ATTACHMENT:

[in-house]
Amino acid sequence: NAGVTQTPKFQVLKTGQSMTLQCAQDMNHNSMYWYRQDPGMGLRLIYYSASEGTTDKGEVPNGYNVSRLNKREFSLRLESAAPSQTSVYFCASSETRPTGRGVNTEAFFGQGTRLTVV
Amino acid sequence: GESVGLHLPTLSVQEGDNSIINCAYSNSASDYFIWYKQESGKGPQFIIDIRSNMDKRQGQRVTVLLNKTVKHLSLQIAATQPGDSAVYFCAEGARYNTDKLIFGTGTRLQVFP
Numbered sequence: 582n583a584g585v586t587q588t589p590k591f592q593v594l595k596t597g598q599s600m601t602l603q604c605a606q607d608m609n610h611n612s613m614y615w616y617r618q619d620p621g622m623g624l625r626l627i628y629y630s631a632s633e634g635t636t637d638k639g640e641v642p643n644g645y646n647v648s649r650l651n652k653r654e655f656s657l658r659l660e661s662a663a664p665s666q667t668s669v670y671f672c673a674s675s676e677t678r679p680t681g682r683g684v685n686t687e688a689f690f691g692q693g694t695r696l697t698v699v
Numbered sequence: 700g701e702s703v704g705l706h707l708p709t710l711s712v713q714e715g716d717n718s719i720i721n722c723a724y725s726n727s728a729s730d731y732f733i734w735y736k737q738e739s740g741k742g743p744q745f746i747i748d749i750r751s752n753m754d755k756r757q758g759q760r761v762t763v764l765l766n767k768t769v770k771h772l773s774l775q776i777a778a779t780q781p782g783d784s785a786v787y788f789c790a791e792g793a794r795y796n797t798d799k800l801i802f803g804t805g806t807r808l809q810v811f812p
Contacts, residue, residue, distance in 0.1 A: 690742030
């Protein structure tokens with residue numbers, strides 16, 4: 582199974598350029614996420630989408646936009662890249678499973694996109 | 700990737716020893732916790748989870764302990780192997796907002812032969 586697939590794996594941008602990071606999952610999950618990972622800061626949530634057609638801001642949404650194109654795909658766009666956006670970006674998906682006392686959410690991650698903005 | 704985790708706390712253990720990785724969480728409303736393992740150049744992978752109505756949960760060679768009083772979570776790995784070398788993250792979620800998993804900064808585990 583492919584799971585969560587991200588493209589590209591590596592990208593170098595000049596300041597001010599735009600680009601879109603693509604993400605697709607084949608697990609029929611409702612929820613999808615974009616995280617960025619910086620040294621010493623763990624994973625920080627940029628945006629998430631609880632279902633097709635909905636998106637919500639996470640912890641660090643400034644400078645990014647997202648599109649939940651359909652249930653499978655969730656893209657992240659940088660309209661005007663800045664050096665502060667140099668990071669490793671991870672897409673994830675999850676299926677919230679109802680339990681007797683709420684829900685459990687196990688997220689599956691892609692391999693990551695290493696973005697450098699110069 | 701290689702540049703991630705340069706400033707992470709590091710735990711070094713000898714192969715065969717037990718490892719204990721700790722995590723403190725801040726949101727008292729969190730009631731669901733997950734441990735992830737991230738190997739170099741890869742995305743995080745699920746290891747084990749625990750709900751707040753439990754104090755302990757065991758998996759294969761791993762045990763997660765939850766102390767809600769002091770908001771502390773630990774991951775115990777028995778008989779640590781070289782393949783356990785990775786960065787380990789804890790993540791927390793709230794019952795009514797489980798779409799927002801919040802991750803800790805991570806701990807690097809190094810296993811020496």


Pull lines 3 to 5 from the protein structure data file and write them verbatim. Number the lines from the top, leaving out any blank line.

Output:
Amino acid sequence: GESVGLHLPTLSVQEGDNSIINCAYSNSASDYFIWYKQESGKGPQFIIDIRSNMDKRQGQRVTVLLNKTVKHLSLQIAATQPGDSAVYFCAEGARYNTDKLIFGTGTRLQVFP
Numbered sequence: 582n583a584g585v586t587q588t589p590k591f592q593v594l595k596t597g598q599s600m601t602l603q604c605a606q607d608m609n610h611n612s613m614y615w616y617r618q619d620p621g622m623g624l625r626l627i628y629y630s631a632s633e634g635t636t637d638k639g640e641v642p643n644g645y646n647v648s649r650l651n652k653r654e655f656s657l658r659l660e661s662a663a664p665s666q667t668s669v670y671f672c673a674s675s676e677t678r679p680t681g682r683g684v685n686t687e688a689f690f691g692q693g694t695r696l697t698v699v
Numbered sequence: 700g701e702s703v704g705l706h707l708p709t710l711s712v713q714e715g716d717n718s719i720i721n722c723a724y725s726n727s728a729s730d731y732f733i734w735y736k737q738e739s740g741k742g743p744q745f746i747i748d749i750r751s752n753m754d755k756r757q758g759q760r761v762t763v764l765l766n767k768t769v770k771h772l773s774l775q776i777a778a779t780q781p782g783d784s785a786v787y788f789c790a791e792g793a794r795y796n797t798d799k800l801i802f803g804t805g806t807r808l809q810v811f812p